Road To Respect can oblige in Punchestown Gold Cup
Next Destination better than bare form and primed to put Cheltenham run behind him
Road To Respect comes back in trip and takes his chance at three miles. Photograph: Niall Carson/PA
Day Two of Punchestown can be marked by Road To Respect successfully taking the route to centre stage.
Michael O’Leary’s runner is one of a four-strong Gigginstown Stud team for the €275,000 Coral Punchestown Gold Cup, a race the Ryanair chief executives has won three times already.
The first of them was War Of Attrition who sealed O’Leary’s fascination with the sport in 2006 by landing the Cheltenham Gold Cup and adding this race a month later.
In 2015 another superstar, Don Cossack, won at Punchestown before proceeding to land steeplechasing’s blue-riband renewal a year later.
This renewal lacks a certain star appeal
In terms of billing, Road To Respect can’t compare to them. And in terms of anticipation this year’s renewal can’t compare to other years – such as when Sizing John memorably pulled off his Gold Cup triple crown last season.
With neither Native River or Might Bite – first and second at Cheltenham – making the journey this renewal lacks a certain star appeal.
There would be a certain aptness then to Road To Respect emerging best as his fate has been to spend much of his career in the shadow of others.
When winning last season’s Ryanair Gold Cup most attention centred on Yorkhill’s spectacularly wayward jumping instead.
When reaching his career peak in this season’s Christmas Chase it was Sizing John’s lacklustre effort that distracted from the winner’s enclosure. Even in the number one spot, and despite the glow of victory, O’Leary offered the opinion that his winner might not be up to winning a Gold Cup.
Ultimately he was proved right, but Road To Respect travelled like a good horse for much of the race at Cheltenham until a mistake at the third last fence meant he struggled from that point on.
He plugged on gamely for fourth and doubts that 3¼ miles on very testing ground would stretch his stamina to breaking point eventually looked to be borne out.
Now after having almost six weeks to recover he’s back to three miles. And despite showery conditions the ground should not be as stamina sapping. Crucially he also has the race’s top rating of 166, plus form-book evidence that his Christmas victory was very good indeed.
The presence of the 66/1 shot Balko Des Flos in second was a stick used to beat the performance. But that one’s Cheltenham Festival success puts a much more positive complexion on it.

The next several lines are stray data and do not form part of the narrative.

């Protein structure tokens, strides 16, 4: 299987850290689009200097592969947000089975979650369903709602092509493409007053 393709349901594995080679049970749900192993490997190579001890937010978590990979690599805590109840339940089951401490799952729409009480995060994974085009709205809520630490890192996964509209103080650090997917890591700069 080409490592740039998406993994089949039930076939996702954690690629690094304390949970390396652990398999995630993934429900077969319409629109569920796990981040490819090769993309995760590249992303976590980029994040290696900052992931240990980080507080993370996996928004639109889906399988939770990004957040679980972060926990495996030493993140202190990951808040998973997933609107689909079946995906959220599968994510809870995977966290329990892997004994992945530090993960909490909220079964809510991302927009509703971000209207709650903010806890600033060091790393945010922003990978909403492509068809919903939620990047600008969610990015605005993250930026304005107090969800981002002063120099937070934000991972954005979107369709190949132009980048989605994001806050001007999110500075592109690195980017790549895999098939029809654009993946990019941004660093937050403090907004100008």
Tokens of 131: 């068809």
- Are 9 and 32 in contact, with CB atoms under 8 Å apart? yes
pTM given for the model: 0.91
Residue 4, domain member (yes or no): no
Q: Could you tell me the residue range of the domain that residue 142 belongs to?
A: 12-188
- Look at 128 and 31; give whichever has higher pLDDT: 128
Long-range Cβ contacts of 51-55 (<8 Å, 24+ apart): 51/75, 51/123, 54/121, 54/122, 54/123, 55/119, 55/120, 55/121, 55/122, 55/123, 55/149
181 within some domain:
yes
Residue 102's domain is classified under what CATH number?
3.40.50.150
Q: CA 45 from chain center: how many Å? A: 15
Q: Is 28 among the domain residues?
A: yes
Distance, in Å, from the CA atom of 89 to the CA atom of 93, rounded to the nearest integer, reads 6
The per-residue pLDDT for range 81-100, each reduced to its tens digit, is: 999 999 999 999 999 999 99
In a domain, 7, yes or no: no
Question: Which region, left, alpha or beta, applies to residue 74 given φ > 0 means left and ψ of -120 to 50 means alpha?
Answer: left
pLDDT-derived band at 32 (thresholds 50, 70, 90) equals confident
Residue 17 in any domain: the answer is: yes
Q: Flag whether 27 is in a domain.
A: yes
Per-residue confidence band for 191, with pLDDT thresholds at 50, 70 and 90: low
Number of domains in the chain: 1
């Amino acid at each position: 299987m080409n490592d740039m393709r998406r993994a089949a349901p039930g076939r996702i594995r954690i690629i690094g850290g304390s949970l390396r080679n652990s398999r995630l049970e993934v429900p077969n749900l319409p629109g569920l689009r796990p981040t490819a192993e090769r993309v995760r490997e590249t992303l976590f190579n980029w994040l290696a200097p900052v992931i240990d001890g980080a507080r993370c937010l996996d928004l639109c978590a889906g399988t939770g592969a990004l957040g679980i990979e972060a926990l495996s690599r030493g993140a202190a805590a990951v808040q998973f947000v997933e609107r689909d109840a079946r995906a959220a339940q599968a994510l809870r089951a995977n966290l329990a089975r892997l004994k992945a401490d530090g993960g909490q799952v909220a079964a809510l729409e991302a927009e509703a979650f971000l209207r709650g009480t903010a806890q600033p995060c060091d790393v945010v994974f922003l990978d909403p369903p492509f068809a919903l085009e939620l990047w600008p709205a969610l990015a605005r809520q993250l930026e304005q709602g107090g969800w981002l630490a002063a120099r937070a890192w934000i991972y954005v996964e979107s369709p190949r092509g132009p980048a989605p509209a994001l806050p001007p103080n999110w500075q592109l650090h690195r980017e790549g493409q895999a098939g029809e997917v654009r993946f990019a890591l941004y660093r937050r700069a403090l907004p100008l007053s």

In terms of nearly horses even Road To Respect has to give way to Djakadam, one of four Willie Mullins hopes. Djakadam finished runner-up in this race for the last three years including that epic 2017 climax with Sizing John.
Ahead of him in the Mullins pecking order
That was yet another agonising near miss for a horse famously twice a runner-up in the Cheltenham Gold Cup. He would be a popular winner but his stable companions Bellshill and Killultagh Vic appear to be ahead of him in the Mullins pecking order.
That order is of central importance to the Racing Post Champion Bumper in which Cheltenham heroine Relegate will attempt to emulate Cousin Vinny (2008) and Champagne Fever (2012) by completing the festival double for Mullins.
Gordon Elliott’s three hopefuls include Getaway John, just edged out by Tornado Flyer during the winter but has won twice since. Missing Cheltenham might work to his advantage here.
Next Destination was widely expected to put it up to Samcro at Cheltenham but failed to land a blow. Ultimately, he plugged on for third in that Ballymore but the suspicion remains he’s better than that bare form. Maybe three miles in the Mirror Novice Hurdle will prove the trick.
Getaway John’s rider, Finny Maguire, could also be a contender in the concluding mares bumper aboard Cordovan Brown.
Liz Doyle’s runner had to be pulled up behind Relegate in February, but she is a course winner and her second to Crackerdancer during the winter was a fine effort.